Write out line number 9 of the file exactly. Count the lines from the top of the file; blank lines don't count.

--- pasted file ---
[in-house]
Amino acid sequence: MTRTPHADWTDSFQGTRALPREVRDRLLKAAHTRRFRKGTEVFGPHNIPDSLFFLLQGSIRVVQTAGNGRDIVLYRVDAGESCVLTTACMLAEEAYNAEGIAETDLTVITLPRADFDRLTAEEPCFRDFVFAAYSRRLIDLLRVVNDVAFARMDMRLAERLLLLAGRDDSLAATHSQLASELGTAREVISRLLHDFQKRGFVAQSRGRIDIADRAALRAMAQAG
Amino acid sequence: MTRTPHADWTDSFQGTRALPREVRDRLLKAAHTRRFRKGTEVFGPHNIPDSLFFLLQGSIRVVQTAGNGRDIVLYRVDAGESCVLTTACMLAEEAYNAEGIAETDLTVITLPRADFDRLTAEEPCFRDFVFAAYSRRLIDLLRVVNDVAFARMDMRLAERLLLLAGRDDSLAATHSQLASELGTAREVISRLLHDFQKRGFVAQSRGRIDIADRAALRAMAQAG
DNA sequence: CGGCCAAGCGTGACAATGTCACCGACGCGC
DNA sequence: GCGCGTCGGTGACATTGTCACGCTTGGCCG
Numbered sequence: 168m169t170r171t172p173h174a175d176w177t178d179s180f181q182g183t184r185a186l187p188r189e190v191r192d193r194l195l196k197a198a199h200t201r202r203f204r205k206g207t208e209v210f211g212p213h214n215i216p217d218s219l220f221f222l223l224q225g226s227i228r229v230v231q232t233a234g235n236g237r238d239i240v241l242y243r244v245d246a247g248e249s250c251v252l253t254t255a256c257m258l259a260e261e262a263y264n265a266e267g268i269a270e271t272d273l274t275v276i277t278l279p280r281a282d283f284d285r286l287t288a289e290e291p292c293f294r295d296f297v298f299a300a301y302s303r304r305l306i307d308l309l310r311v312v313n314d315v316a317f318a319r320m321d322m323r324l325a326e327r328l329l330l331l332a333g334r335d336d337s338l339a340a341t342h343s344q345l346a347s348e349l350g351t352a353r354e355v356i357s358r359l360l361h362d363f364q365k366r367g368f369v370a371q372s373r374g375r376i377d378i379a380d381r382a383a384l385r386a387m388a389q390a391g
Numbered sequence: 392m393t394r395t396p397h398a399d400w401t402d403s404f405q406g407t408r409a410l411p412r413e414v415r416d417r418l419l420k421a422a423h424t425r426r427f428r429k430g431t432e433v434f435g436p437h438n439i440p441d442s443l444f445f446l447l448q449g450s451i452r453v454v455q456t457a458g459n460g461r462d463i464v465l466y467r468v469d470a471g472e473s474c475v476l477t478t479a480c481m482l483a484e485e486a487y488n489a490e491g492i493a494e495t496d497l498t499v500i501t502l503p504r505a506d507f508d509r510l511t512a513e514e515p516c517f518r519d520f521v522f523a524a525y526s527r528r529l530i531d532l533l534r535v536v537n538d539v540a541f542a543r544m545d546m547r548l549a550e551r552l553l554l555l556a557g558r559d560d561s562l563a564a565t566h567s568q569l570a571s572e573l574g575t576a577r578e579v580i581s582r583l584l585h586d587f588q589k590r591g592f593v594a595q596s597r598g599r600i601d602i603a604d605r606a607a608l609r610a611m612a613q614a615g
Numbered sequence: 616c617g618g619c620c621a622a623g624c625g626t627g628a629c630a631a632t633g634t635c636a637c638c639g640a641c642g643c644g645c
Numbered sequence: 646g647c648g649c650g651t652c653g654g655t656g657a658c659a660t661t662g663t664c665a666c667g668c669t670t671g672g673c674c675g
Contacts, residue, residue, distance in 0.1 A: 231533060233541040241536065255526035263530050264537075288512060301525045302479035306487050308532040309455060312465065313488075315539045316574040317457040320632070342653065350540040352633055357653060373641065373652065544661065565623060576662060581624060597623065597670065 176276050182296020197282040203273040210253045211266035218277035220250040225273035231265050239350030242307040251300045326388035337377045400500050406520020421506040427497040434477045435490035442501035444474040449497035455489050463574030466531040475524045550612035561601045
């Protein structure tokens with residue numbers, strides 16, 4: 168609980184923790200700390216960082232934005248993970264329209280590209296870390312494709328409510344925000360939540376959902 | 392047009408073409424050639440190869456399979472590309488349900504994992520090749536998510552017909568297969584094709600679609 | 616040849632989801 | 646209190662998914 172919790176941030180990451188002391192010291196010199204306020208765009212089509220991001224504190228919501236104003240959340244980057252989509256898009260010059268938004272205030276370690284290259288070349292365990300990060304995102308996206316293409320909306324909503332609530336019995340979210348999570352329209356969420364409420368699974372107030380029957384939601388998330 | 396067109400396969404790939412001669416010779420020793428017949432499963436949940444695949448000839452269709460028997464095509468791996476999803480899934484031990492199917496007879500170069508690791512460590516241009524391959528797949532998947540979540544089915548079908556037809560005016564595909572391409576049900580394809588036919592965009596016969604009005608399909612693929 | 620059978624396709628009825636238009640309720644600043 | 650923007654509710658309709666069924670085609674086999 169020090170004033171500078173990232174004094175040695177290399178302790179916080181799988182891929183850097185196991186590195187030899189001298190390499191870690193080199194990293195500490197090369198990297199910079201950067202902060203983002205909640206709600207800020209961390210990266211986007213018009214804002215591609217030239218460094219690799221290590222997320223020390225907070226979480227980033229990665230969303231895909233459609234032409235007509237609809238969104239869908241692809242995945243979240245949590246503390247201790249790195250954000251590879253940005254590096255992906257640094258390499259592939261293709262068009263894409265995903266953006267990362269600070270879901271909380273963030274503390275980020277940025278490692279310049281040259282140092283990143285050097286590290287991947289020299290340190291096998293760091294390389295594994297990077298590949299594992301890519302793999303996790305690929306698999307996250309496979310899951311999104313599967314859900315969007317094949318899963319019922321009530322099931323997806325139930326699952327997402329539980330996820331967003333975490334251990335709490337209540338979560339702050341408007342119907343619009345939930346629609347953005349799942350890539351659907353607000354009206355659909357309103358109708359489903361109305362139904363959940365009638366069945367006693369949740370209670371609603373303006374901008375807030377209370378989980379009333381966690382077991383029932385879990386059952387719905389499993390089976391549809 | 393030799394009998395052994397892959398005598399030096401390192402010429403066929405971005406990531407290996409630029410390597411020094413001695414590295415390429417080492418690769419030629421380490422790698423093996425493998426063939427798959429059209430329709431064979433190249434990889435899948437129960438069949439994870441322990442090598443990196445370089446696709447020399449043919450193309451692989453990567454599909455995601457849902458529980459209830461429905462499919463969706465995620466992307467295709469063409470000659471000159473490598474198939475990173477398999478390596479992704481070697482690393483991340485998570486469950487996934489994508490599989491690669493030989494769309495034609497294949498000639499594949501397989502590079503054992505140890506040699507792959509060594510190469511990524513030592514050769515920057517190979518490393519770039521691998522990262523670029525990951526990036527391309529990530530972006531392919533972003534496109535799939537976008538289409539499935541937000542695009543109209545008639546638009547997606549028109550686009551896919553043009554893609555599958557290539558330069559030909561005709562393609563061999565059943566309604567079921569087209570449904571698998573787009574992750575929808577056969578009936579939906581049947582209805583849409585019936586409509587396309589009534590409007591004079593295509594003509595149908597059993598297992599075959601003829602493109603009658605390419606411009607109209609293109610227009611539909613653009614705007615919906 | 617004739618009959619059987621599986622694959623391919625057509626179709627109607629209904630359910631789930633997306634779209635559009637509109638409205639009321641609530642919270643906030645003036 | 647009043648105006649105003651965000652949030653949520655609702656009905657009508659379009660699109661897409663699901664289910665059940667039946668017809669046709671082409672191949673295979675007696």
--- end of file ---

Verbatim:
Numbered sequence: 646g647c648g649c650g651t652c653g654g655t656g657a658c659a660t661t662g663t664c665a666c667g668c669t670t671g672g673c674c675g